The R-Line is a Rapid Bus service in Rhode Island, United States, running from Pawtucket to Cranston via downtown Providence. This route was a combination of the old routes 11 and 99. Operated by the Rhode Island Public Transit Authority (RIPTA), it is the agency's first rapid bus route, and the second such system to open in New England (after the MBTA Silver Line). After several years of planning and construction, R-Line service began on June 21, 2014.
The R-Line is branded as "Rapid Bus" rather than true bus rapid transit because it operates in mixed traffic rather than on fully dedicated lanes. However, the service incorporates other BRT elements including high-frequency limited-stop service, transit signal priority, queue jumps, and upgraded bus shelters, as well as branding separate from RIPTA's local bus system. The service combines the former 11 and 99 local bus routes, which were the two busiest in Rhode Island. It was conceived as an inexpensive way to improve service on the two busy routes.
The R-Line runs on 10-minute headways during the day, 20 minutes at night, and 15-20 minutes on weekends. Service runs from 5:00 am to 1:00 am on weekdays and Saturdays, and 6:30 am to midnight on Sundays. The line has 56 stops, largely placed in pairs on opposite sides of the street (except for the terminal loops). 25 have "wayfinding tokens" with systems for future audio announcements, while the remainder have enhanced bus stop signs.
RIPTA was created by the state in 1964 to take over the bus routes of the United Transit Company, the descendant of the former Rhode Island Company streetcar system. The agency inherited a system of Providence-based local routes with rapidly falling ridership; over the next half-century RIPTA expanded service to cover more of the state. However, many of the local routes suffered from slow speeds and routes that followed former streetcar services rather than newer development.
In 2013, RIPTA released plans for major service changes, including the removal of some bus stops and a focusing of resources on higher-demand routes, designed to modernize their system under a constant budget. The report proposed rapid bus service on a combination of the 11 and 99 routes, as well as a long-planned extension of other services to South Attleboro station.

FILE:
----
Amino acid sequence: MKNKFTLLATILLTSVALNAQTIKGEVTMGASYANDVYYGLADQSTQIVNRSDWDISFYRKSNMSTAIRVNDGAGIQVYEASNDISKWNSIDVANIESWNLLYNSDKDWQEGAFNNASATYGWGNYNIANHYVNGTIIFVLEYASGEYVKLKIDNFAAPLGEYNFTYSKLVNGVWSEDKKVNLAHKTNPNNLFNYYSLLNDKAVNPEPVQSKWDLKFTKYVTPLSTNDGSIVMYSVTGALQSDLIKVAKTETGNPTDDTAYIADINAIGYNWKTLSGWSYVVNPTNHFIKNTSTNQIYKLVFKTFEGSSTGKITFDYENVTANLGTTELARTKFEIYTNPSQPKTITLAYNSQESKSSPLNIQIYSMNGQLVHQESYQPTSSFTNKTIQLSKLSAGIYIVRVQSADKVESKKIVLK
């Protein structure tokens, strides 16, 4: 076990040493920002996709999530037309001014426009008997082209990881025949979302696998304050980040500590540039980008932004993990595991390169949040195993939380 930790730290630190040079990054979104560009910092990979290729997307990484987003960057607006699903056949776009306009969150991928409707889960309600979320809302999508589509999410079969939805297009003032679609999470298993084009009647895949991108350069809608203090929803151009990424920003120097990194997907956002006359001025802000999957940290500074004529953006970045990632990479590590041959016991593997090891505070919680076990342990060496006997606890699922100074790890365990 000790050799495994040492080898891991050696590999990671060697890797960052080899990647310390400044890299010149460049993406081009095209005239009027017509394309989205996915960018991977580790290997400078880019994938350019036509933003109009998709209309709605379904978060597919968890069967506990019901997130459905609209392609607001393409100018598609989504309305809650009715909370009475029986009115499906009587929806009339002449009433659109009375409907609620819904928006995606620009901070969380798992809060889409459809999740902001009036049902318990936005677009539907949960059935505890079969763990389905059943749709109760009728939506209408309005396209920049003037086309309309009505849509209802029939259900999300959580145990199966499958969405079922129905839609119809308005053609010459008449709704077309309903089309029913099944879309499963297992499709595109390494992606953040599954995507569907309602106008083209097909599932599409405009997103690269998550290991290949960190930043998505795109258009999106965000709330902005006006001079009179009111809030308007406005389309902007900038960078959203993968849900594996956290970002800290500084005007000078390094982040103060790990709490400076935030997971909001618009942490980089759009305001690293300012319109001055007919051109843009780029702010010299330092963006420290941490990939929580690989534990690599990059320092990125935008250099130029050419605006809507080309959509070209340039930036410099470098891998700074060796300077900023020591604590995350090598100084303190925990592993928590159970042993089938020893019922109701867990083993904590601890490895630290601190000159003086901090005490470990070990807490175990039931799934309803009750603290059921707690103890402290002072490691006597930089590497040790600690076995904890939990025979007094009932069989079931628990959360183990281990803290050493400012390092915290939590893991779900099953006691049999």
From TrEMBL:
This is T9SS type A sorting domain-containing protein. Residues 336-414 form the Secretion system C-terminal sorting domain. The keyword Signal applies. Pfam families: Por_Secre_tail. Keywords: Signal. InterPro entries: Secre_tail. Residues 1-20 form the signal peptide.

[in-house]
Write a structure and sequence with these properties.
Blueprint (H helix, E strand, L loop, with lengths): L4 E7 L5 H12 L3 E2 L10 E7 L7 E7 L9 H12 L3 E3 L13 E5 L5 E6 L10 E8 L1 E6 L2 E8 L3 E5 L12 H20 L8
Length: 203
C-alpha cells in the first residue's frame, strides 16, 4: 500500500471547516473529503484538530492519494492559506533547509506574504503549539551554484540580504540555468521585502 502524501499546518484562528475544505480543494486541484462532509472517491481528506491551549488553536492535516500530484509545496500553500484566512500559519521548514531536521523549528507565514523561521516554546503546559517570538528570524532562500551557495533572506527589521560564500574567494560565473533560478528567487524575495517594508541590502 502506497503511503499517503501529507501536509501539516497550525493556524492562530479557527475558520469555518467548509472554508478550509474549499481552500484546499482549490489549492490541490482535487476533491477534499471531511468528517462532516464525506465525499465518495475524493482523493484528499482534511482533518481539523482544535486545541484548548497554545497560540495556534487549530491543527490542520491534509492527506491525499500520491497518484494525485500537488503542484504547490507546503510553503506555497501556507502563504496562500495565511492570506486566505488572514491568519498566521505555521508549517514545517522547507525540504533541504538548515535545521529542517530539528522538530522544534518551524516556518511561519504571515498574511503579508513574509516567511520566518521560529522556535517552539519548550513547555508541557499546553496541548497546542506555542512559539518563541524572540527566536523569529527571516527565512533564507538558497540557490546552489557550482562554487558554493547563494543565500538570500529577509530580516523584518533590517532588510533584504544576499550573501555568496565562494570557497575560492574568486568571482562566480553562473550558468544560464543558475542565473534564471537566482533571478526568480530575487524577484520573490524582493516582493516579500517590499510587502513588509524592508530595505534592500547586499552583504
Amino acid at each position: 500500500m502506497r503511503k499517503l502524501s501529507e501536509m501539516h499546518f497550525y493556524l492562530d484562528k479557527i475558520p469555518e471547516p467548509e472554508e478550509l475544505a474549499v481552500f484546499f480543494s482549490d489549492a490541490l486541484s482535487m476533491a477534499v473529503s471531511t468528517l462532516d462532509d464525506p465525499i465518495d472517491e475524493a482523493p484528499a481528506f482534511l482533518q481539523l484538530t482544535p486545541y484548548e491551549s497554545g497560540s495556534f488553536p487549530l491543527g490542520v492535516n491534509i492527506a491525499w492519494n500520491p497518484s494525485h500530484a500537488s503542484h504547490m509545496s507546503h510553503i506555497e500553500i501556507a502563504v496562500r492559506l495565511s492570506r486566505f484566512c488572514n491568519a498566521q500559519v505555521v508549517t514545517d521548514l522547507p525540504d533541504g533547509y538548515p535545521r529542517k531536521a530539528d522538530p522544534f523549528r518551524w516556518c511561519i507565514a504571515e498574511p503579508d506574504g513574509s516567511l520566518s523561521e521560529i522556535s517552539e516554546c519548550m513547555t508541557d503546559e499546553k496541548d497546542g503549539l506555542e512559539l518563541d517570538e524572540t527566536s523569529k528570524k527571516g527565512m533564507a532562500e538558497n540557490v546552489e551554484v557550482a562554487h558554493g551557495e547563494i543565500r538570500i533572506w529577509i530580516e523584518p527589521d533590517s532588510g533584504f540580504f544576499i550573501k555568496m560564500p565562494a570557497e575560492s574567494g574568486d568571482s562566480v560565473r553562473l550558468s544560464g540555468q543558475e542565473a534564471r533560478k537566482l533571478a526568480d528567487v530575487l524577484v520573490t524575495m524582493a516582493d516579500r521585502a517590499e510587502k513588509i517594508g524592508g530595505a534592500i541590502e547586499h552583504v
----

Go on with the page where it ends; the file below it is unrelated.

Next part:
Transit signal priority construction began in February 2013 and was largely complete by the end of the year, with minor adjustments lasting until April 2014. Passenger amenities including shelters were installed in May and June 2014.
Service on the 11 and 99 continued normally during construction. R-Line service began on June 21, 2014 along with implementation of much of the 2013 plan. A new route, 98 Pawtucket Ave, began operations the same day to maintain service on Pawtucket Avenue southwest of downtown Pawtucket, which the 99 had traveled on but the R-Line does not. The 98 was later merged with the 71 Broad Street route to form the 71 Broad Street / Pawtucket Avenue route.
- Polichetti, Barbara (27 June 2014). "RIPTA launches 'rapid route' bus service, aided by computer technology". Providence Journal. Retrieved 17 July 2014.
- "Transportation Corridors To Livable Communities: Project Fact Sheet #2". City of Providence. February 2012. Retrieved 15 July 2014.
- "R-Line Broad/North Main Schedule" (PDF). Rhode Island Public Transit Authority. 21 June 2014. Archived from the original (PDF) on 2 July 2014. Retrieved 17 July 2014.
- "RIPTA R-Line: Implementation Update" (PDF). Rhode Island Public Transit Authority. 27 January 2014. Archived from the original (PDF) on 6 April 2014. Retrieved 17 July 2014.
- "Work From "The Artists Of The R-Line" Now On View In The Gallery At City Hall" (Press release). City of Providence. Retrieved 15 July 2014.
- "History of Transit Ridership in Rhode Island". Rhode Island Public Transit Authority. Retrieved 17 July 2014.
- Schlessinger, Claire (March 12, 2013). "RIPTA promises major route changes". The Brown Daily Herald. Retrieved July 16, 2014.
|Wikimedia Commons has media related to R-Line (RIPTA).|